The urban heat island effect is real but small; and it has been studied and corrected for. Analyses by Nasafor example, use only rural stations to calculate trends. Research has shown that if you analyse long-term global temperature rise for windy days and calm days separately, there is no difference.

If the urban heat island effect were large, you would expect to see more warming on calm days when more of the heat stays in the city. Furthermore, the pattern of warming globally doesn't resemble the pattern of urbanisation, with the greatest warming seen in the Arctic and northern high latitudes. Globally, there is a warming trend of about 0. Counter The year was exceptionally warm because of a strong El Nino event, while was unusually cold because of La Nina conditions.

Variability from year to year is expected, and picking a specific warm year to start an analysis or a cold one to end with is "cherry-picking".

meet the skeptics bbc world

If you start in or you will see a sharp rise. Furthermore, while the UK Met Office regards as the hottest year yet, Nasa thinks it was they use the same data but interpret it differently. According to the Met Office, the 10 warmest years in the modern record have all occurred since Grapes grew in northern England. Ice-bound mountain passes opened in the Alps. The Arctic was warmer in the s than it is today.

Counter There have been many periods in Earth history that were warmer than today - for example, the last interglacialyears ago or the Pliocene three million years ago.

Those variations were caused by solar forcing, the Earth's orbital wobbles or continental configurations; but none of those factors is significant today compared with greenhouse warming.

Evidence for a Medieval Warm Period outside Europe is patchy at best, and is often not contemporary with the warmth in Europe. One recent analysis showed it is warmer now than at any time in the last 2, years.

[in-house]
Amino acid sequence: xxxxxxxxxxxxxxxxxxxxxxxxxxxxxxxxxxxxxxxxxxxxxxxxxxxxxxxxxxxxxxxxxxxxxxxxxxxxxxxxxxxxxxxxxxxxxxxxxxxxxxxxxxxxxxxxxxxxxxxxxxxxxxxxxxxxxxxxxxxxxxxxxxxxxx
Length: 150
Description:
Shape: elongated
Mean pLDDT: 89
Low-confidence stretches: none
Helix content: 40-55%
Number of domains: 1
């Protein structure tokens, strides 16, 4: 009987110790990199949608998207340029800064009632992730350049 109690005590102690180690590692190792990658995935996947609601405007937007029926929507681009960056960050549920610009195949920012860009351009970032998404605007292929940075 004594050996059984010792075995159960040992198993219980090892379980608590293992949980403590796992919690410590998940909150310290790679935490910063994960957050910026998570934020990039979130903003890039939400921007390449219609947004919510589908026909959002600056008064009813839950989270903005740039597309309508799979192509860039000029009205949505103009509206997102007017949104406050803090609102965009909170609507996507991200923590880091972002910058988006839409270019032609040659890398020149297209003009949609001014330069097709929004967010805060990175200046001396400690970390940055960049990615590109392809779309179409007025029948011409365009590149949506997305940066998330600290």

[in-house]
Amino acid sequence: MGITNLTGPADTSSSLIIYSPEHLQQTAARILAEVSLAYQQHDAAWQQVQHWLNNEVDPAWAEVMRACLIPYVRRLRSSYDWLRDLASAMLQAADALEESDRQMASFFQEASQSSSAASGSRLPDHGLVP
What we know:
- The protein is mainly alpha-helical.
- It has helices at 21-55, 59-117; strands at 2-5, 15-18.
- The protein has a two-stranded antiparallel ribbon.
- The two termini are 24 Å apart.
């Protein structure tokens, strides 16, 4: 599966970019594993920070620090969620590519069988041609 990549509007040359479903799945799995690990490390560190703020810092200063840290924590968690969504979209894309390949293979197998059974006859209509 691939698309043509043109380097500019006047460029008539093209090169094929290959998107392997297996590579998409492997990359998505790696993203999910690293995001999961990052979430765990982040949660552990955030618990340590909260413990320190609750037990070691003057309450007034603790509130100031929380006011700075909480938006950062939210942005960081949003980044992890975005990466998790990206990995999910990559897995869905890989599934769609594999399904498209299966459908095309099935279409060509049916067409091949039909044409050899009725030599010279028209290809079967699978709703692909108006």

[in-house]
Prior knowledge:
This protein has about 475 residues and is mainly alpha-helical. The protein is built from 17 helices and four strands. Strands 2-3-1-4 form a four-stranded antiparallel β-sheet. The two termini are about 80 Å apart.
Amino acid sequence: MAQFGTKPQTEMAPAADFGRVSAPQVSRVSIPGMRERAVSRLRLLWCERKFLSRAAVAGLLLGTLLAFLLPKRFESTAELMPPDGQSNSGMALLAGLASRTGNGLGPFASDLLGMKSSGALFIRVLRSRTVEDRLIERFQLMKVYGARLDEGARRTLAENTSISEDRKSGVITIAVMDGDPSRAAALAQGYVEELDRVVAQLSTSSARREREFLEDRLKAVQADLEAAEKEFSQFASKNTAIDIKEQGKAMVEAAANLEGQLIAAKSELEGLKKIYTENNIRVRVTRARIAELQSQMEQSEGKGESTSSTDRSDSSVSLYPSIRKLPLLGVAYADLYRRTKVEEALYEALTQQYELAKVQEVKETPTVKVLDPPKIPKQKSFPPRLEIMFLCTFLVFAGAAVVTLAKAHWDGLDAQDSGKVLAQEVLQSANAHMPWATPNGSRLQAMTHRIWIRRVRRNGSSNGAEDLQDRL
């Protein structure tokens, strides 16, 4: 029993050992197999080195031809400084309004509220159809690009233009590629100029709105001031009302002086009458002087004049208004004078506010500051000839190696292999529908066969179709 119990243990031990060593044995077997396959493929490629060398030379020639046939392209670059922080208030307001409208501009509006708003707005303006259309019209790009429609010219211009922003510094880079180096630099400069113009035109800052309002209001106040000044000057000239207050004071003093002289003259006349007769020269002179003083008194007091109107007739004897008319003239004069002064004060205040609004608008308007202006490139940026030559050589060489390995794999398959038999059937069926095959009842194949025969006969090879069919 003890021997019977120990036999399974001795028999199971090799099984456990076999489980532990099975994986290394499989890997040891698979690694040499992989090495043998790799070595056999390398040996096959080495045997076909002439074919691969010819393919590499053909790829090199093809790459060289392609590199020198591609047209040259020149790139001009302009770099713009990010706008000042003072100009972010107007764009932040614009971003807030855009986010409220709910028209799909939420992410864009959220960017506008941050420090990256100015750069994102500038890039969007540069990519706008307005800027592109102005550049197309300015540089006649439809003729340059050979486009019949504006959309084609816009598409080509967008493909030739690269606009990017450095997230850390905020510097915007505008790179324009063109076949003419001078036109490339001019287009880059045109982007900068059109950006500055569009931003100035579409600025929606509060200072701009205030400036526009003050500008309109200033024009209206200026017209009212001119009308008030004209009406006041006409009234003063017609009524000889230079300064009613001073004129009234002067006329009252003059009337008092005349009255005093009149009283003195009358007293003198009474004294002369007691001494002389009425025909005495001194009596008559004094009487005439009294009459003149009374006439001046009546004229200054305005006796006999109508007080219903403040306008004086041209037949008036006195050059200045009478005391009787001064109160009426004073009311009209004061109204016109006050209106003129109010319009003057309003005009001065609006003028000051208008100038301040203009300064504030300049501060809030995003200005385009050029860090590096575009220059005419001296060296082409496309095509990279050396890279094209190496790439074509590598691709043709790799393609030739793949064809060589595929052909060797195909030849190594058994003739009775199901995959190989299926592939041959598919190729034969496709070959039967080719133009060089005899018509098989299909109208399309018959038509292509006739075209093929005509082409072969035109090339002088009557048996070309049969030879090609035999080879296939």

But despite decades of development they are unable to model all the processes involved; for example, the influence of clouds, the distribution of water vapour, the impact of warm seawater on ice-shelves and the response of plants to changes in water supply.

Michael Marshall (skeptic)

Climate models follow the old maxim of "you put garbage in, you get garbage out". Counter Models will never be perfect and they will never be able to forecast the future exactly. However, they are tested and validated against all sorts of data. Over the last 20 years they have become able to simulate more physical, chemical and biological processes, and work on smaller spatial scales.

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The IPCC report produced regional climate projections in detail that would have been impossible in its assessment. All of the robust results from modelling are backed up by theoretical science or observations.

Measurements show the opposite. So either the models are failing, or one set of measurements is flawed, or there are holes in our understanding of the science.

meet the skeptics bbc world

Counter Interpretation of the satellite data has not always been straightforward - but it does not show the opposite of what computer models predict.